Artemis Fowl was one of those series I read as they came out during my pre-teen and teen years. (And of course I had to reread them multiple times because 11 years between the first and final book is much too long for me to remember what happened in the first book!) I loved the series and the mix of fantasy and magic in it.
If you’ve heard of the Artemis Fowl books and are looking for more information on the books, the series order, and the movie, then you’re in the right place! If you haven’t heard of the series, well then, buckle in, because this is a great one!
Artemis Fowl Series Order
Here is the order to read the Artemis Fowl books in:
- Artemis Fowl
- Artemis Fowl: The Arctic Incident
- Artemis Fowl: The Eternity Code
- Artemis Fowl: The Opal Deception
- Artemis Fowl: The Lost Colony
- Artemis Fowl: The Time Paradox
- Artemis Fowl: The Atlantis Complex
- Artemis Fowl: The Last Guardian
Artemis Fowl Book Descriptions
Now, what is Artemis Fowl about? As I mentioned before, it’s a fun blend of magic and science, featuring faeries who have magic but who also have extremely advanced technology and live under the earth to avoid detection from humans, and a desperate boy genius with few scruples who discovers their existence and endeavors to use it to his advantage . . . Along with a lot of unexpected twists on what we would normally expect from the fae, several of which made me laugh out loud.
Intrigued? Let’s dive in to the book descriptions!
Twelve-year-old criminal mastermind Artemis Fowl has discovered a world below ground of armed and dangerous—and extremely high-tech—fairies. As part of an elaborate plan to restore his family’s fortune, he kidnaps one of them, Holly Short, and holds her for ransom. But he may have underestimated the fairies’ powers. Is he about to trigger a cross-species war?
Goblin gangs (exactly as bad as it sounds) are planning an uprising, and it looks like they’ve had human help.
Holly Short is convinced it’s her old nemesis, Artemis Fowl.
But, for once, Artemis is innocent. He’s too busy getting his father back from the Arctic Circle, where the Russian Mafia (also very bad) is holding him prisoner.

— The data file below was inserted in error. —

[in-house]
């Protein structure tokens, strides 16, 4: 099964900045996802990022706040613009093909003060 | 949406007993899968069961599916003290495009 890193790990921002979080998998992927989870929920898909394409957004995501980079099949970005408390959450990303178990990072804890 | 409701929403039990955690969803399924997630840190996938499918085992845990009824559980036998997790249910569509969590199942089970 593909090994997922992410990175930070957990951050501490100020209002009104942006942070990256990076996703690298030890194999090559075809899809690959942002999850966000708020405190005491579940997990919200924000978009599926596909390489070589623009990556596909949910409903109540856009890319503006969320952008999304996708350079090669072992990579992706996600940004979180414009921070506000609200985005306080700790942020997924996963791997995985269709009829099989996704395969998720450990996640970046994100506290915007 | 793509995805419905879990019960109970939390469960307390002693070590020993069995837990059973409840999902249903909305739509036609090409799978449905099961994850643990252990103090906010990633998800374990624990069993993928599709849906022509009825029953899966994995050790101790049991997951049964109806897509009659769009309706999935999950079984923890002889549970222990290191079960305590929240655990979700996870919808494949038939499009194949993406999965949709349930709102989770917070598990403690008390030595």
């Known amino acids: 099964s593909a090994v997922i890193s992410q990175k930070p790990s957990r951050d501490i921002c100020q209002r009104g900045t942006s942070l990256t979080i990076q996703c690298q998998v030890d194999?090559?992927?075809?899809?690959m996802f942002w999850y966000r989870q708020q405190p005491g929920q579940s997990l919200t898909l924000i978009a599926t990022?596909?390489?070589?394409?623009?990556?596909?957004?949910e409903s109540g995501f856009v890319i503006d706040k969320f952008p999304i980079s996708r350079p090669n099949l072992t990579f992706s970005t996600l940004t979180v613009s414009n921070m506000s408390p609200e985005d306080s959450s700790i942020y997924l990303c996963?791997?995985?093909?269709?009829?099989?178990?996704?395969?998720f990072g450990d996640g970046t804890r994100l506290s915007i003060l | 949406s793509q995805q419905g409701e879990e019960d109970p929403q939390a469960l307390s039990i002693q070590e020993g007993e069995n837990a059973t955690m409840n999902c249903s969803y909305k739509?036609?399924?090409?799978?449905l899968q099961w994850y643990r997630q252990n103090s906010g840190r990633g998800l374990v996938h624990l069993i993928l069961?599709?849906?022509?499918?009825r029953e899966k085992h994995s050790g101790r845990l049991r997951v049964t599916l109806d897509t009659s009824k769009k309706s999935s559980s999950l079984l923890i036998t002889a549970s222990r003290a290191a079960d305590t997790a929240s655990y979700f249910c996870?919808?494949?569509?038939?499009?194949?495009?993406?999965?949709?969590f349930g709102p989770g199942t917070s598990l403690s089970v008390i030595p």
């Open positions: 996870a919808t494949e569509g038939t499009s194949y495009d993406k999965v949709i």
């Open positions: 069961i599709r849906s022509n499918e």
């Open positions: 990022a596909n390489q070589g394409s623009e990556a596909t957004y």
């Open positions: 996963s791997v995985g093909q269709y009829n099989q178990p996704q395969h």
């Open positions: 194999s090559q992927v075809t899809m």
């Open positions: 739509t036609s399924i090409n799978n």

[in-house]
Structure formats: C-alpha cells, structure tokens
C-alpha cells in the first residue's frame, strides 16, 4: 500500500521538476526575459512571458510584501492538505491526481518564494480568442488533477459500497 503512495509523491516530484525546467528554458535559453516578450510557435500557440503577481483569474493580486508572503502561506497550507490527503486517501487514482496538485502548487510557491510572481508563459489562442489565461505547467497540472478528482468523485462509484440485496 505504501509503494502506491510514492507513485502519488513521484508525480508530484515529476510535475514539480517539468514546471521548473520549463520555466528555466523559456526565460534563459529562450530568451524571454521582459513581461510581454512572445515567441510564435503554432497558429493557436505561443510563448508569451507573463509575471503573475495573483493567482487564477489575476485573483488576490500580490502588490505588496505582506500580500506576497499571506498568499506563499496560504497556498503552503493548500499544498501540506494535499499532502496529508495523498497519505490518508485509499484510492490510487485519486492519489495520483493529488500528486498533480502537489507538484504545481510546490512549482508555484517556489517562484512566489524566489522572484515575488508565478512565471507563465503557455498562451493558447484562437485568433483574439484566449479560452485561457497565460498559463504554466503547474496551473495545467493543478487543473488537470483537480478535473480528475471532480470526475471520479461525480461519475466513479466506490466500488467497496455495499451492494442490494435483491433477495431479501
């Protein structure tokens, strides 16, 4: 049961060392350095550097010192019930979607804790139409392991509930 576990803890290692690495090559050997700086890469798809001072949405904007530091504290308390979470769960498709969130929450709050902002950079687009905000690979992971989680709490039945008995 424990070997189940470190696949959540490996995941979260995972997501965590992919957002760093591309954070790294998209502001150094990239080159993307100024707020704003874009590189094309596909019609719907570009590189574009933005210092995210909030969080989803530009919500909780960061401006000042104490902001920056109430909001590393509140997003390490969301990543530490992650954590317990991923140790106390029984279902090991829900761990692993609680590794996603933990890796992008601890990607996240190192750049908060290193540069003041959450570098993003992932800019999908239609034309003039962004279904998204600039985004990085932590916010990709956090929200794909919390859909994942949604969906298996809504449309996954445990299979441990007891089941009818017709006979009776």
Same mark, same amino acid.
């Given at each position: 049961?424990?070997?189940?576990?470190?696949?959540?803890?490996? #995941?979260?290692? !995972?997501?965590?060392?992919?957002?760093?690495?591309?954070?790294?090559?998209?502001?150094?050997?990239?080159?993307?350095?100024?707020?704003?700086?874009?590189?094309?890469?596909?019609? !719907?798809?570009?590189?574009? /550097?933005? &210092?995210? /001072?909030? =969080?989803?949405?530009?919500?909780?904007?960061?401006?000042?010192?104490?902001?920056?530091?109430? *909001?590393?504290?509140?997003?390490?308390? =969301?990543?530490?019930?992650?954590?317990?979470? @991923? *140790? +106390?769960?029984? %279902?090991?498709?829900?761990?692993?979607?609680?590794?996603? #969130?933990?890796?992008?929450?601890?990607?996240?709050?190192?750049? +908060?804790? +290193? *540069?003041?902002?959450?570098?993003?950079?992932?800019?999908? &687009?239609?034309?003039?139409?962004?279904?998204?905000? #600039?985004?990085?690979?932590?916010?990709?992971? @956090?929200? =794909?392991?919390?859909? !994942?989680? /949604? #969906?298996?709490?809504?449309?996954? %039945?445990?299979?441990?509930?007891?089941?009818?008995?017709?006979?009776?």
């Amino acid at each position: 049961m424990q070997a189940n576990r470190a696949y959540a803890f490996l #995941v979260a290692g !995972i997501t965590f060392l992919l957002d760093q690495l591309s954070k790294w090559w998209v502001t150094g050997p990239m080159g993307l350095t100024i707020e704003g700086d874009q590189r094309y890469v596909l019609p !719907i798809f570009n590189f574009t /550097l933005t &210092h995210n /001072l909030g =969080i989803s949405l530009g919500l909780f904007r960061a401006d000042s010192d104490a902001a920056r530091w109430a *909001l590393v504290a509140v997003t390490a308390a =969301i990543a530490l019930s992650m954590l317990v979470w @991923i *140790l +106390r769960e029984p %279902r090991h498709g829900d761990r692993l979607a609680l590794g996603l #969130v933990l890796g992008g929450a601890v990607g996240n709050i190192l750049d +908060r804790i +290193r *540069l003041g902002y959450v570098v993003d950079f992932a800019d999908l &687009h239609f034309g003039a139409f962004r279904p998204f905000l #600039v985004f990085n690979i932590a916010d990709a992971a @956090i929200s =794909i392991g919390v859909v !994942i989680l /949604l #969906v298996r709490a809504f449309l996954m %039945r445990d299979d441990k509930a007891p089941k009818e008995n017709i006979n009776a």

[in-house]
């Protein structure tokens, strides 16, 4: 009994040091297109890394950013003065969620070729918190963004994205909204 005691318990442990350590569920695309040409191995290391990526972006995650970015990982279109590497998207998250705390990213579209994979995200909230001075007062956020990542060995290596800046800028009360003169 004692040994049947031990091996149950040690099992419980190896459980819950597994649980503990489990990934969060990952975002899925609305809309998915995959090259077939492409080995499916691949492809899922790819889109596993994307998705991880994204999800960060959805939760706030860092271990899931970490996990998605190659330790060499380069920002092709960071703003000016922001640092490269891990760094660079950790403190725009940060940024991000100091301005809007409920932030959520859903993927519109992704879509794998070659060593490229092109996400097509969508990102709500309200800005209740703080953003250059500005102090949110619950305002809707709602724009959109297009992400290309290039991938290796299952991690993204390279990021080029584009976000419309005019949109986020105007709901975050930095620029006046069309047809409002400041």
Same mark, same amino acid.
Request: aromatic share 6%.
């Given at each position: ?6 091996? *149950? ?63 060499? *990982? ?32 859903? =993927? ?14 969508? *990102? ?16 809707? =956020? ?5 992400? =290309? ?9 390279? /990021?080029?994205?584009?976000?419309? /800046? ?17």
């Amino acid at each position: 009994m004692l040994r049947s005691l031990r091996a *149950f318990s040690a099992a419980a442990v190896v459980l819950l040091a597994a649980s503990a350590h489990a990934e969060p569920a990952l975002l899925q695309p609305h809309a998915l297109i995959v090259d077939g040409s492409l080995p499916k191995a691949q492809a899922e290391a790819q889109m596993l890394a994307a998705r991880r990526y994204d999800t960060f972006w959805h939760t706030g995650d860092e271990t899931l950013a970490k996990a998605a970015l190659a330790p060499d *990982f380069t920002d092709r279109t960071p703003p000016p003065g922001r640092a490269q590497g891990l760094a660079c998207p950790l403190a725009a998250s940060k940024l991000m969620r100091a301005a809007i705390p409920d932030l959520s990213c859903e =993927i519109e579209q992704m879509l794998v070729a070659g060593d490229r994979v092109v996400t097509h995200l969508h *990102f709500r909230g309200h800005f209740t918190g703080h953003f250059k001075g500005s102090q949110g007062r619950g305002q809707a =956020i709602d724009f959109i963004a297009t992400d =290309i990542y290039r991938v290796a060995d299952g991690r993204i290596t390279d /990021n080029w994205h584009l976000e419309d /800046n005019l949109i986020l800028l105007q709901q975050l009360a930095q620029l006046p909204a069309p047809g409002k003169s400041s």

All Artemis has to do is clear his name, face the biggest criminal organizations in the world, and avoid freezing to death.
Artemis Fowl isn’t quite done with his criminal past. At least, not yet. He’s got one last job, and then he’s going to be good.
But when an IT billionaire with a mob connection steals Artemis’s latest invention—the most powerful new supercomputer known to man, which uses stolen technology from an elite race of underground fairies—the device could put the entire fairy world at risk.
Only one fairy can help now. If only he wasn’t the fairies’ public enemy number one. . .
Artemis Fowl: The Opal Deception
Artemis Fowl’s memories of the fairy race have been wiped, and his one fairy ally, Captain Holly Short, is on the run. He needs his memory back—and fast—because a power-crazed pixie is out for revenge, scheming to overthrow the Lower Elements Police. With Holly gone, Artemis is depending on a flatulent dwarf. Things are about to explode. . .
Artemis Fowl: The Lost Colony
Until recently, Artemis Fowl was the only human to have discovered that magical beings do indeed exist. But now a second juvenile genius wants to capture a demon for scientific study. Only an ancient time spell separates the demons from humankind and keeps them trapped in Limbo, a place that exists outside of time and space—and Artemis must prevent it from unraveling. If he fails, the bloodthirsty tribe will relaunch their quest to wipe humans from the planet.